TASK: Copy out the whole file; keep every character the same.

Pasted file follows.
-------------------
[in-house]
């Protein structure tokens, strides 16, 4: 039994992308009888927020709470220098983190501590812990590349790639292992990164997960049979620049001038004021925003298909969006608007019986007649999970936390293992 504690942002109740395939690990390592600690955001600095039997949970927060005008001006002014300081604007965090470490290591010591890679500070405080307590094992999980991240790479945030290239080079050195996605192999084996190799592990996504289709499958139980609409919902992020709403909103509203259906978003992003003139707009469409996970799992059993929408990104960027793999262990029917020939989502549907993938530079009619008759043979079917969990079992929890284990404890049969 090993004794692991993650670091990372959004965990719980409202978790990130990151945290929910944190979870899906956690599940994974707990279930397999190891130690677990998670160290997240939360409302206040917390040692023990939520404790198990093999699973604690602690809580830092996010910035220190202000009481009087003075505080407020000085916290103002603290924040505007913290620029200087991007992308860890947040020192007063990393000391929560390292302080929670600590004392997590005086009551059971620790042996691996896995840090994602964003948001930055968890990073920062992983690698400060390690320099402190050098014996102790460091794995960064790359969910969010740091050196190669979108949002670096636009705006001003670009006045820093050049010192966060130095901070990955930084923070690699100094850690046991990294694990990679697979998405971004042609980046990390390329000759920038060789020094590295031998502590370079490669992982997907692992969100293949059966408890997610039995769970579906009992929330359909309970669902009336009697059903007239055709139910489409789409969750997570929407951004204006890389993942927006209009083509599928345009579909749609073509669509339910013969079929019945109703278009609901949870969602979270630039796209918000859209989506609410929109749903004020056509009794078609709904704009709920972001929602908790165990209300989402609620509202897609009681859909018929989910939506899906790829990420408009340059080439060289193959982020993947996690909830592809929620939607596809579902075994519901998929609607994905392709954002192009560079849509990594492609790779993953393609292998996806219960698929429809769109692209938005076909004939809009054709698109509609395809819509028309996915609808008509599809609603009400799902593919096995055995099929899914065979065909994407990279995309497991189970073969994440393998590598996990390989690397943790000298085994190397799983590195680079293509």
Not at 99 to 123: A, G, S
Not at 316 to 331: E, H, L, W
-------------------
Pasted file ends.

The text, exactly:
[in-house]
């Protein structure tokens, strides 16, 4: 039994992308009888927020709470220098983190501590812990590349790639292992990164997960049979620049001038004021925003298909969006608007019986007649999970936390293992 504690942002109740395939690990390592600690955001600095039997949970927060005008001006002014300081604007965090470490290591010591890679500070405080307590094992999980991240790479945030290239080079050195996605192999084996190799592990996504289709499958139980609409919902992020709403909103509203259906978003992003003139707009469409996970799992059993929408990104960027793999262990029917020939989502549907993938530079009619008759043979079917969990079992929890284990404890049969 090993004794692991993650670091990372959004965990719980409202978790990130990151945290929910944190979870899906956690599940994974707990279930397999190891130690677990998670160290997240939360409302206040917390040692023990939520404790198990093999699973604690602690809580830092996010910035220190202000009481009087003075505080407020000085916290103002603290924040505007913290620029200087991007992308860890947040020192007063990393000391929560390292302080929670600590004392997590005086009551059971620790042996691996896995840090994602964003948001930055968890990073920062992983690698400060390690320099402190050098014996102790460091794995960064790359969910969010740091050196190669979108949002670096636009705006001003670009006045820093050049010192966060130095901070990955930084923070690699100094850690046991990294694990990679697979998405971004042609980046990390390329000759920038060789020094590295031998502590370079490669992982997907692992969100293949059966408890997610039995769970579906009992929330359909309970669902009336009697059903007239055709139910489409789409969750997570929407951004204006890389993942927006209009083509599928345009579909749609073509669509339910013969079929019945109703278009609901949870969602979270630039796209918000859209989506609410929109749903004020056509009794078609709904704009709920972001929602908790165990209300989402609620509202897609009681859909018929989910939506899906790829990420408009340059080439060289193959982020993947996690909830592809929620939607596809579902075994519901998929609607994905392709954002192009560079849509990594492609790779993953393609292998996806219960698929429809769109692209938005076909004939809009054709698109509609395809819509028309996915609808008509599809609603009400799902593919096995055995099929899914065979065909994407990279995309497991189970073969994440393998590598996990390989690397943790000298085994190397799983590195680079293509």
Not at 99 to 123: A, G, S
Not at 316 to 331: E, H, L, W